On balance, group incentives seem preferred over individual incentives, mainly because performance profiles are more likely to be reliable [56]. However, when performance is compared across groups, it is important that there are sufficient numbers of physicians in each comparison group to detect meaningful differences. Nonadjustment for clustering at the physician level (in addition to adjustment for patient characteristics) could lead to overestimation of the statistical significance of differences between groups [44]. In addition, groups differ considerably in size and composition, and it is unclear how to treat the many providers working in small practices with small numbers of patients for many measures [65, 73]. Although health care is increasingly provided in group settings, small practice settings will likely remain important, necessitating strategies to facilitate inclusion of small practices [65]. As methods for data aggregation and constructing composite scores continue to evolve [50], it will be increasingly possible to include measures with small sample size and to target P4P at small groups. Of note, purchasers should be cautious in applying hybrid structures (e.g., using both group and individual incentives for a team with high interdependence among team members) because they have shown to perform worse than pure structures [97], perhaps because they are less transparent and therefore less visible to providers.

How to incentivize: how is the program structured?

Rewards versus penalties

Because individuals generally weigh losses more heavily than gains, a larger behavioral response can be expected if individuals perceive the incentive as a (possible) loss as opposed to a (possible) gain [61]. This implies that withholds will be more effective in improving performance than positive bonuses. For example, withholding $1,000 from base payments with the possibility of releasing this amount in case performance targets are met will elicit a stronger behavioral response than offering providers a $1000 bonus for good performance [17]. However, research has shown that incentive schemes incorporating losses tend to be perceived as unfair and may result in negative reactions among those incentivized [60]. Consequently, the program may not be acceptable to providers, and they may choose not to participate. This may especially be a problem if the bargaining power of the purchaser (e.g., a health plan) is relatively low and if providers can choose from among multiple plans to contract with [1]. But even if providers can be convinced or enforced to participate, the behavioral response to financial penalties may not necessarily be a desired response. The prospect of a loss may cause physicians to behave opportunistically, and incentives for gaming and other undesired behavior may be large. (Importantly, not receiving a bonus from a pool of money available for performance improvement may also be perceived by providers as a financial penalty because their relative income position deteriorates. Yet, negative reactions will be stronger in case of absolute financial penalties).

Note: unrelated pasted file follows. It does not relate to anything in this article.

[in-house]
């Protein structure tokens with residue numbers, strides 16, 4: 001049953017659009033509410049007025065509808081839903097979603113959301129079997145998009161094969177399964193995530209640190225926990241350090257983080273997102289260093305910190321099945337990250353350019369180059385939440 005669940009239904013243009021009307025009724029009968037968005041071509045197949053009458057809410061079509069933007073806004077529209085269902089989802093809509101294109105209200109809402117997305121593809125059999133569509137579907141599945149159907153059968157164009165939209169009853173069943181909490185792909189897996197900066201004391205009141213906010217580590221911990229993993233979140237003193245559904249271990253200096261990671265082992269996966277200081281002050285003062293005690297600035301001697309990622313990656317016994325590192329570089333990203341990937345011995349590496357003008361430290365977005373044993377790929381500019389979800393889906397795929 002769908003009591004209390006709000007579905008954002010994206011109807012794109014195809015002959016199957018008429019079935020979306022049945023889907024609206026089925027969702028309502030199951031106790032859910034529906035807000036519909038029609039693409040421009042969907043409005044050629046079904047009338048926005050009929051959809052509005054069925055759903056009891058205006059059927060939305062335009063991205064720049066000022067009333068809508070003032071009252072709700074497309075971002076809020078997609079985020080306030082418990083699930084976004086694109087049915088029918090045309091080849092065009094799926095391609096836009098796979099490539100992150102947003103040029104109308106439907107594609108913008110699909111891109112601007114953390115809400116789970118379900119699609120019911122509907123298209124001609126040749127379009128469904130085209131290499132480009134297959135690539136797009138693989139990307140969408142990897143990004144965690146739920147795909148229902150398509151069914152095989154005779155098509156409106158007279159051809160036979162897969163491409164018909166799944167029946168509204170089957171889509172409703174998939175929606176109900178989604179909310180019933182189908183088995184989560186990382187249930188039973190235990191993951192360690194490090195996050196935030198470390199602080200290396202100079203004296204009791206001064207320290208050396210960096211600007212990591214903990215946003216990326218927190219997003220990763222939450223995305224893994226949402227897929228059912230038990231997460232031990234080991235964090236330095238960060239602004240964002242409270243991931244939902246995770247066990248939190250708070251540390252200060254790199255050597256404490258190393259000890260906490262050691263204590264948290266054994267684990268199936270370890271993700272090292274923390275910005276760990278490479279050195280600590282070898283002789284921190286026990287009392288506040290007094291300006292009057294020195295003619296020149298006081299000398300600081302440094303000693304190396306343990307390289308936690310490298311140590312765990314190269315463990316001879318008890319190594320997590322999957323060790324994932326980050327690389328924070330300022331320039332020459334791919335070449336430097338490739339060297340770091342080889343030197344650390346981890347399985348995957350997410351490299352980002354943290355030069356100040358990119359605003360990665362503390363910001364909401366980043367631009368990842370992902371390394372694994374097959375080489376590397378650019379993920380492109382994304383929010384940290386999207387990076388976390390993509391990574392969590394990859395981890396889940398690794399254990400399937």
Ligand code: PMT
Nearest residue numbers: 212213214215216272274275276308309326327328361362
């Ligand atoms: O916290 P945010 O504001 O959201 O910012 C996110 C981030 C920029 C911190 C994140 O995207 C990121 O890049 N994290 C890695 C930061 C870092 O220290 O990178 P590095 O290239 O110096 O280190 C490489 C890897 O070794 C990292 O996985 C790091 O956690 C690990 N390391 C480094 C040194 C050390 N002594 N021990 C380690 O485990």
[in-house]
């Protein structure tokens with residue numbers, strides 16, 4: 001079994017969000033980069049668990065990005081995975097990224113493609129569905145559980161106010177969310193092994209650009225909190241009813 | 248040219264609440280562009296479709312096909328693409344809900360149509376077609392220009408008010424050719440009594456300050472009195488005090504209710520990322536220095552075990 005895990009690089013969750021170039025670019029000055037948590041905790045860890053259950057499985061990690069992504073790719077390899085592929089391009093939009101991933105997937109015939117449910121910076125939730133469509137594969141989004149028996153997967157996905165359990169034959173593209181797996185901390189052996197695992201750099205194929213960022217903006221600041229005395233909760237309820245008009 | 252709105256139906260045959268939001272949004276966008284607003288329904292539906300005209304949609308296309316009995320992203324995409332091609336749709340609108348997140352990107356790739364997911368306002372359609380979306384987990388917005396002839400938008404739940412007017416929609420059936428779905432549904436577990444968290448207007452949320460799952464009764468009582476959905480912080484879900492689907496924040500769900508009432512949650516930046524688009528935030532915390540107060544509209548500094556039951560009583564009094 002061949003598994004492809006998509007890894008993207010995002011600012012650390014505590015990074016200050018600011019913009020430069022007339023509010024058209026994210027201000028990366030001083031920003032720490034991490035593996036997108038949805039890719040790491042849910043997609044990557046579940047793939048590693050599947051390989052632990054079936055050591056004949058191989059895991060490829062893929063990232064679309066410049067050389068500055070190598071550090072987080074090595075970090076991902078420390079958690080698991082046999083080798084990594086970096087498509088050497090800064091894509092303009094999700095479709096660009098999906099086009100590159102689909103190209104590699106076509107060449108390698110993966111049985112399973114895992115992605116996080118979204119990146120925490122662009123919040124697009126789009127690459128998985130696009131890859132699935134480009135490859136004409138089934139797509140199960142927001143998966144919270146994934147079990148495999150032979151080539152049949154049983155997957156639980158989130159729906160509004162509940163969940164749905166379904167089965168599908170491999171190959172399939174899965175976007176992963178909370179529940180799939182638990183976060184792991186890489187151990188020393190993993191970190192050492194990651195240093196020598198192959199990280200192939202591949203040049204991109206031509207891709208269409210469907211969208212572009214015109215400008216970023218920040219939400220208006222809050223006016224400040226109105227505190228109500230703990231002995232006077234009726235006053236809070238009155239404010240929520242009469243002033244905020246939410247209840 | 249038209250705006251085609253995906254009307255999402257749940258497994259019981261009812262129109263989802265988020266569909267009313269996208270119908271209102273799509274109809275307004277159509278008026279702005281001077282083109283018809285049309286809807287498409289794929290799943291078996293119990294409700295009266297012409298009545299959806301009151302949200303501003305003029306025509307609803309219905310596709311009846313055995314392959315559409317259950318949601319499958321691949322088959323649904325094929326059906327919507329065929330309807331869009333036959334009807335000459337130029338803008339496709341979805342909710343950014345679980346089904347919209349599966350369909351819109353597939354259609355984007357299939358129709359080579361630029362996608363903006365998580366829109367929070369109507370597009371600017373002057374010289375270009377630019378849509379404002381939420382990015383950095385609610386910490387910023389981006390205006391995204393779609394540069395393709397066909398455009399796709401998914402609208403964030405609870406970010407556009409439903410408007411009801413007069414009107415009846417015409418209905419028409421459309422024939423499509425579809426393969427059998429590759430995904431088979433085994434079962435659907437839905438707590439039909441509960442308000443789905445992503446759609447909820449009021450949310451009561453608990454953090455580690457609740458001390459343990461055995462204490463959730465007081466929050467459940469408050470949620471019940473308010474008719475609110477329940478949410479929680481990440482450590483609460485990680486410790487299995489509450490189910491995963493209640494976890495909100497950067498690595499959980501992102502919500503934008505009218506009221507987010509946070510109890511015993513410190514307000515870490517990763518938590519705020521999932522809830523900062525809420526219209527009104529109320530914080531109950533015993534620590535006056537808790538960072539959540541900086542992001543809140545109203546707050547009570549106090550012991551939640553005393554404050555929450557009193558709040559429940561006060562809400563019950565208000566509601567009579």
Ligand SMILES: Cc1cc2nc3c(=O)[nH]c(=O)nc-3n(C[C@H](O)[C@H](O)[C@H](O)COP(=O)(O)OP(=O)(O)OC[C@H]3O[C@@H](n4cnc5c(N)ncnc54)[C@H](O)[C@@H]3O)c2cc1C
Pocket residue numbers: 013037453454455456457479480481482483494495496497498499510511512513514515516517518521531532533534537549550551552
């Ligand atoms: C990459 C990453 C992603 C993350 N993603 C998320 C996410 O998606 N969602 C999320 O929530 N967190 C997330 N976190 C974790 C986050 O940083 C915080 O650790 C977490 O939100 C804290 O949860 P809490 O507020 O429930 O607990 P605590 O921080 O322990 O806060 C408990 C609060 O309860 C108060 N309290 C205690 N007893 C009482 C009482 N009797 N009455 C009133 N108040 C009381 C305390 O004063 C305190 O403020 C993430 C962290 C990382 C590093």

A possible way to still take advantage of the expected strong provider response while limiting the possibility of negative reactions is to combine rewards and penalties. For example, providers could be offered a choice between a $1,000 bonus for meeting targets and entering a deposit of $500 with the prospect of a $2,000 bonus [71]. In case the provider chooses the second option and fails to reach the target, it loses the deposit. Thus, providers are offered a choice between a possible increase in income without the possibility of a loss in income and a larger possible increase in income with the possibility of a loss in income. Such a scheme also provides insight into differences among providers in their expectations about their potential for performance improvement. Furthermore, it will likely be received positively by providers and increases the likelihood of high participation rates. Table 1 displays the characteristics of four possible schemes.

Table 1 Characteristics of schemes adopting penalties and/or rewards

Despite the advantages of using rewards, purchasers may opt for using “old” money (e.g., redistributing money to high performers based on generically reduced base payments). They could argue that programs using rewards may not be sustainable and object to investing additional resources in settings with substantial inefficiencies [13]. It may be an option to use efficiency savings to finance the program. However, performance improvement will, at least in the short term, often be accompanied by cost increases because a substantial share of quality problems is related to undertreatment. Another option is to make use of inflation. Providers could be given the prospect they will at least receive their current absolute income in the next period and, if they reach certain performance targets, they will also receive a mark-up based on the general increase in price levels. In that case, the perceived decrease in income for low performers is relatively small. However, negative reactions cannot be ruled out. Thus, in case positive incentives are not possible, the extent to which P4P will improve overall performance depends on whether providers can be convinced or enforced to participate and whether provider behavior can be effectively monitored and, if necessary, countered. In practice, the use of negative incentives in P4P programs has been declining rapidly. In the United States, although withholds are still applied in ten to twenty percent of current programs, more than 60 percent only use bonuses, mainly because of anticipated negative reactions and the importance being attached to a collaborative rather than a combative tone [4, 17, 93]. Also in other countries, P4P programs typically only provide positive incentives.